SHPA President Sue Kirsa said “SHPA welcomes the announcement of the commencement of the Hospital Referral Pathway for HMRs and is very pleased that SHPA is specifically included in the evaluation of this program”.

SHPA has sent a letter to the Health Minister welcoming this announcement and to also express concerns about a range of issues regarding the new HMR business rules. SHPA has also recommended an urgent meeting of the 5CPA Program Reference Group.

20 March 2013
Senate Inquiry into chemotherapy funding

SHPA notes today’s meeting of the Professionals for Safe Cancer Treatment to investigate and document the actual impact of the changes to chemotherapy funding that came into effect from 1 December 2012 and further changes that will come into effect 1 April 2013.

Private hospitals and their pharmacy services agreed to continue to provide chemotherapy after 1 December 2012 whilst negotiations continued with the Department of Health and Ageing (DoHA); however changes to the funding of paclitaxel from 1 April will remove a further $10 million (annual) from chemotherapy services in private hospitals.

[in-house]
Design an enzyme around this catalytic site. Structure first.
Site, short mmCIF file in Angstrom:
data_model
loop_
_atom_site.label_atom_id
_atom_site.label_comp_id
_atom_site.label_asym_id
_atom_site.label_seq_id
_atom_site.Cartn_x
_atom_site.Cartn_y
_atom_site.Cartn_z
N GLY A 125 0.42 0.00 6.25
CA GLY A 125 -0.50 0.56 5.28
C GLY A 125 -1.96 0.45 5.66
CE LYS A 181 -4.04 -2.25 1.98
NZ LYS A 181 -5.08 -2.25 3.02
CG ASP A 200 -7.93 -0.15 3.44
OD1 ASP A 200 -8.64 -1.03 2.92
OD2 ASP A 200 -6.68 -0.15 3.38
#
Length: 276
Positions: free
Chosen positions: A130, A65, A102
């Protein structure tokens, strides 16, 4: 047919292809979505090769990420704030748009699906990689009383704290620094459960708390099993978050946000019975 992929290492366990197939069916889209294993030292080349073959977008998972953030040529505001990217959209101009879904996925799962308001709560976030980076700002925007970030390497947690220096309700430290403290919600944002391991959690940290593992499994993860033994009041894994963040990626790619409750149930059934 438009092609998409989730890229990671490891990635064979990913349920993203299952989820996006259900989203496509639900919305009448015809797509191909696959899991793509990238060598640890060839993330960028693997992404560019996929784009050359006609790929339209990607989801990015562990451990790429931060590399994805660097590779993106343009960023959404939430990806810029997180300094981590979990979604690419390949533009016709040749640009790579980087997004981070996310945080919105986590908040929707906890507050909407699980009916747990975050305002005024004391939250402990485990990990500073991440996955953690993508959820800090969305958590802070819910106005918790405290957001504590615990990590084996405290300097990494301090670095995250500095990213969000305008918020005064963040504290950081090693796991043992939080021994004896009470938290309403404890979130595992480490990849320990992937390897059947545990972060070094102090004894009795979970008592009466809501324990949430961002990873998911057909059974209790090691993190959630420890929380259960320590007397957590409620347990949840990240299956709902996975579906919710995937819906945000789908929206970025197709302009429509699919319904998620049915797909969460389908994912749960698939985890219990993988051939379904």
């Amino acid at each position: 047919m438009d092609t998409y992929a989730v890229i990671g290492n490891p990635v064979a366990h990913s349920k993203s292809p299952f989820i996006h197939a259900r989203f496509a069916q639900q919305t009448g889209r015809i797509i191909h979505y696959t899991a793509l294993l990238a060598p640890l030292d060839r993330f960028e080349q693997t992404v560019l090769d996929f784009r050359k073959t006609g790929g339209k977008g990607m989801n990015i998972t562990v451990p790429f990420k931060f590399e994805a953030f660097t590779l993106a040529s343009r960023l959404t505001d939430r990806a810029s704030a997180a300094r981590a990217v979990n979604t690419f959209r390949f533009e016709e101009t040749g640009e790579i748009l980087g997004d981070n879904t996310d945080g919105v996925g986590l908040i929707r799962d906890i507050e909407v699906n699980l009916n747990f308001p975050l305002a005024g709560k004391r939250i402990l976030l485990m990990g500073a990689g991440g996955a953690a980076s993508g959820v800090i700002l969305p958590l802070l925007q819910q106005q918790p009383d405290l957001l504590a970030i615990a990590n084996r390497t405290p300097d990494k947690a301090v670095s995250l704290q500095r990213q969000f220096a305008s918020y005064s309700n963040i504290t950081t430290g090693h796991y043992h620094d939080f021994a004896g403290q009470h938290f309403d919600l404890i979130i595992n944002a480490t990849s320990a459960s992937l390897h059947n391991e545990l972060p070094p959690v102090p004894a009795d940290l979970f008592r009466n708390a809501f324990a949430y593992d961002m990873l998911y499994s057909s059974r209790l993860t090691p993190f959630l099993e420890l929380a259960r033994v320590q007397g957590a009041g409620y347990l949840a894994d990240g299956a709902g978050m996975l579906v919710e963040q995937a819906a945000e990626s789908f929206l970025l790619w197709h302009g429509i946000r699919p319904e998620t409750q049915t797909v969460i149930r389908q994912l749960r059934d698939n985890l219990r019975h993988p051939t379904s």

The cumulative effect of changes to remuneration for preparing and dispensing chemotherapy is threatening the viability of private hospital pharmacy services that provide almost 60% of chemotherapy to cancer patients.

SHPA believes that unless a sustainable funding model is agreed upon some chemotherapy pharmacy services will no longer be financially viable, particularly those in rural and regional Australia. The supply of chemotherapy through affected hospitals and their entire oncology service would be in jeopardy. The public hospital system would then be at risk of being deluged with patients exiting the private system to continue their chemotherapy - up to 209,000 same-day episodes per annum.

SHPA says that all patients undergoing treatment for cancer must be able to access the chemotherapy they need at a centre most convenient to the place they live. Services provided to cancer patients should be consistent across the country. Viable chemotherapy and clinical pharmacy support services should be available from both public and private health services.